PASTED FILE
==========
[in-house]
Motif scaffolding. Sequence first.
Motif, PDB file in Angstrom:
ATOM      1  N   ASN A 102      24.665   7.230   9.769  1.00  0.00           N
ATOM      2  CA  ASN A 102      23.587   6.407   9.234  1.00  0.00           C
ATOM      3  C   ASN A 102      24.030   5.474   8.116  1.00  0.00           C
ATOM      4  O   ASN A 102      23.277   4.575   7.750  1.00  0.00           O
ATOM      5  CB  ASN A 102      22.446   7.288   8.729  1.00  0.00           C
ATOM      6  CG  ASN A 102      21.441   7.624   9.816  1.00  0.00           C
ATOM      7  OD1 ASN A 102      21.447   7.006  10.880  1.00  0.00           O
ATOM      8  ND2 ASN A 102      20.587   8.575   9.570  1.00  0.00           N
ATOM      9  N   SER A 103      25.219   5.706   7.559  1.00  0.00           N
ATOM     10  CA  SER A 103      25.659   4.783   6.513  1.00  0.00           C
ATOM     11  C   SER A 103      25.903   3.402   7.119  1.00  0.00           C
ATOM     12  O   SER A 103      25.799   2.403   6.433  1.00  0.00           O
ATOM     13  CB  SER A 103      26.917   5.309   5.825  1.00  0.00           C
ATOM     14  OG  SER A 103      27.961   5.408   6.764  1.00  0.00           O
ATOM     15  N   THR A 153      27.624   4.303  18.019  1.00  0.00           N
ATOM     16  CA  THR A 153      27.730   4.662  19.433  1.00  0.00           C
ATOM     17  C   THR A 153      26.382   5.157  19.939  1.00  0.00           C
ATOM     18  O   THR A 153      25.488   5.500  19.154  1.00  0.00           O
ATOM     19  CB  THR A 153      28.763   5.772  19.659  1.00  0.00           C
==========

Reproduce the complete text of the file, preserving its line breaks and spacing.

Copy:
[in-house]
Motif scaffolding. Sequence first.
Motif, PDB file in Angstrom:
ATOM      1  N   ASN A 102      24.665   7.230   9.769  1.00  0.00           N
ATOM      2  CA  ASN A 102      23.587   6.407   9.234  1.00  0.00           C
ATOM      3  C   ASN A 102      24.030   5.474   8.116  1.00  0.00           C
ATOM      4  O   ASN A 102      23.277   4.575   7.750  1.00  0.00           O
ATOM      5  CB  ASN A 102      22.446   7.288   8.729  1.00  0.00           C
ATOM      6  CG  ASN A 102      21.441   7.624   9.816  1.00  0.00           C
ATOM      7  OD1 ASN A 102      21.447   7.006  10.880  1.00  0.00           O
ATOM      8  ND2 ASN A 102      20.587   8.575   9.570  1.00  0.00           N
ATOM      9  N   SER A 103      25.219   5.706   7.559  1.00  0.00           N
ATOM     10  CA  SER A 103      25.659   4.783   6.513  1.00  0.00           C
ATOM     11  C   SER A 103      25.903   3.402   7.119  1.00  0.00           C
ATOM     12  O   SER A 103      25.799   2.403   6.433  1.00  0.00           O
ATOM     13  CB  SER A 103      26.917   5.309   5.825  1.00  0.00           C
ATOM     14  OG  SER A 103      27.961   5.408   6.764  1.00  0.00           O
ATOM     15  N   THR A 153      27.624   4.303  18.019  1.00  0.00           N
ATOM     16  CA  THR A 153      27.730   4.662  19.433  1.00  0.00           C
ATOM     17  C   THR A 153      26.382   5.157  19.939  1.00  0.00           C
ATOM     18  O   THR A 153      25.488   5.500  19.154  1.00  0.00           O
ATOM     19  CB  THR A 153      28.763   5.772  19.659  1.00  0.00           C